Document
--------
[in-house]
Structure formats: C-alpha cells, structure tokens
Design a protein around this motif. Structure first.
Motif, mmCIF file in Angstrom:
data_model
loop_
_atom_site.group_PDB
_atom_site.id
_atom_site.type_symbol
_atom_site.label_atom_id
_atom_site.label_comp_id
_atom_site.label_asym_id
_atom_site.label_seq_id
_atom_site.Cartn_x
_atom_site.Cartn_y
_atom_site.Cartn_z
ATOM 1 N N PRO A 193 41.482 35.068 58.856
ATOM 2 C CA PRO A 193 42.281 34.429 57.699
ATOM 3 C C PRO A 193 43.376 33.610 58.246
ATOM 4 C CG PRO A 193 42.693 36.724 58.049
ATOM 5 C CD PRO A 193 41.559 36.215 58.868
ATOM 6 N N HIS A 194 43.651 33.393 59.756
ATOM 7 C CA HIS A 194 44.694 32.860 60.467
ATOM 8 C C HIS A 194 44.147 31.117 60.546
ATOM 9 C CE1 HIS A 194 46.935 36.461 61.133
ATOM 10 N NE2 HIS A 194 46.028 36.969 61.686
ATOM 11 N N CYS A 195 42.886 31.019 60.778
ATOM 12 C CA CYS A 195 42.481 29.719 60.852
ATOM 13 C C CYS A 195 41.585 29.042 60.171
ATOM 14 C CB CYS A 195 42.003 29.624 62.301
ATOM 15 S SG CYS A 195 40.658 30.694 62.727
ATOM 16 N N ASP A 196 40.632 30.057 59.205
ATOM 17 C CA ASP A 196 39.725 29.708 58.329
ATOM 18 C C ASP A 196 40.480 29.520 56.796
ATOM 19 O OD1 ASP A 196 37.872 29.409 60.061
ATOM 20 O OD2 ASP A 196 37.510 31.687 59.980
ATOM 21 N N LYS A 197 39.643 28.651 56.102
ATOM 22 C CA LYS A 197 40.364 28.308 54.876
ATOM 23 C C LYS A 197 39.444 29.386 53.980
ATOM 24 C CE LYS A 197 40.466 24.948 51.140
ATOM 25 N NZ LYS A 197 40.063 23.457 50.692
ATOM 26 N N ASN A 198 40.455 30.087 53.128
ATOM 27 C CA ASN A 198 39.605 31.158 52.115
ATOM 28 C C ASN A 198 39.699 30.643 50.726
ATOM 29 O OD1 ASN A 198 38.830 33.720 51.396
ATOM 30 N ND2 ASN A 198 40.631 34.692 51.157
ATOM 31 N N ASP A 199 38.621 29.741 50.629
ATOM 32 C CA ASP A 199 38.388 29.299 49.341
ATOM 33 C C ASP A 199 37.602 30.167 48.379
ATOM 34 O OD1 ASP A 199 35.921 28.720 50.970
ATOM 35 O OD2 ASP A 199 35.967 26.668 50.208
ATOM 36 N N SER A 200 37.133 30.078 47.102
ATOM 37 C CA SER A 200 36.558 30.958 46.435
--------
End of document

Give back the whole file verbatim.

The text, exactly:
[in-house]
Structure formats: C-alpha cells, structure tokens
Design a protein around this motif. Structure first.
Motif, mmCIF file in Angstrom:
data_model
loop_
_atom_site.group_PDB
_atom_site.id
_atom_site.type_symbol
_atom_site.label_atom_id
_atom_site.label_comp_id
_atom_site.label_asym_id
_atom_site.label_seq_id
_atom_site.Cartn_x
_atom_site.Cartn_y
_atom_site.Cartn_z
ATOM 1 N N PRO A 193 41.482 35.068 58.856
ATOM 2 C CA PRO A 193 42.281 34.429 57.699
ATOM 3 C C PRO A 193 43.376 33.610 58.246
ATOM 4 C CG PRO A 193 42.693 36.724 58.049
ATOM 5 C CD PRO A 193 41.559 36.215 58.868
ATOM 6 N N HIS A 194 43.651 33.393 59.756
ATOM 7 C CA HIS A 194 44.694 32.860 60.467
ATOM 8 C C HIS A 194 44.147 31.117 60.546
ATOM 9 C CE1 HIS A 194 46.935 36.461 61.133
ATOM 10 N NE2 HIS A 194 46.028 36.969 61.686
ATOM 11 N N CYS A 195 42.886 31.019 60.778
ATOM 12 C CA CYS A 195 42.481 29.719 60.852
ATOM 13 C C CYS A 195 41.585 29.042 60.171
ATOM 14 C CB CYS A 195 42.003 29.624 62.301
ATOM 15 S SG CYS A 195 40.658 30.694 62.727
ATOM 16 N N ASP A 196 40.632 30.057 59.205
ATOM 17 C CA ASP A 196 39.725 29.708 58.329
ATOM 18 C C ASP A 196 40.480 29.520 56.796
ATOM 19 O OD1 ASP A 196 37.872 29.409 60.061
ATOM 20 O OD2 ASP A 196 37.510 31.687 59.980
ATOM 21 N N LYS A 197 39.643 28.651 56.102
ATOM 22 C CA LYS A 197 40.364 28.308 54.876
ATOM 23 C C LYS A 197 39.444 29.386 53.980
ATOM 24 C CE LYS A 197 40.466 24.948 51.140
ATOM 25 N NZ LYS A 197 40.063 23.457 50.692
ATOM 26 N N ASN A 198 40.455 30.087 53.128
ATOM 27 C CA ASN A 198 39.605 31.158 52.115
ATOM 28 C C ASN A 198 39.699 30.643 50.726
ATOM 29 O OD1 ASN A 198 38.830 33.720 51.396
ATOM 30 N ND2 ASN A 198 40.631 34.692 51.157
ATOM 31 N N ASP A 199 38.621 29.741 50.629
ATOM 32 C CA ASP A 199 38.388 29.299 49.341
ATOM 33 C C ASP A 199 37.602 30.167 48.379
ATOM 34 O OD1 ASP A 199 35.921 28.720 50.970
ATOM 35 O OD2 ASP A 199 35.967 26.668 50.208
ATOM 36 N N SER A 200 37.133 30.078 47.102
ATOM 37 C CA SER A 200 36.558 30.958 46.435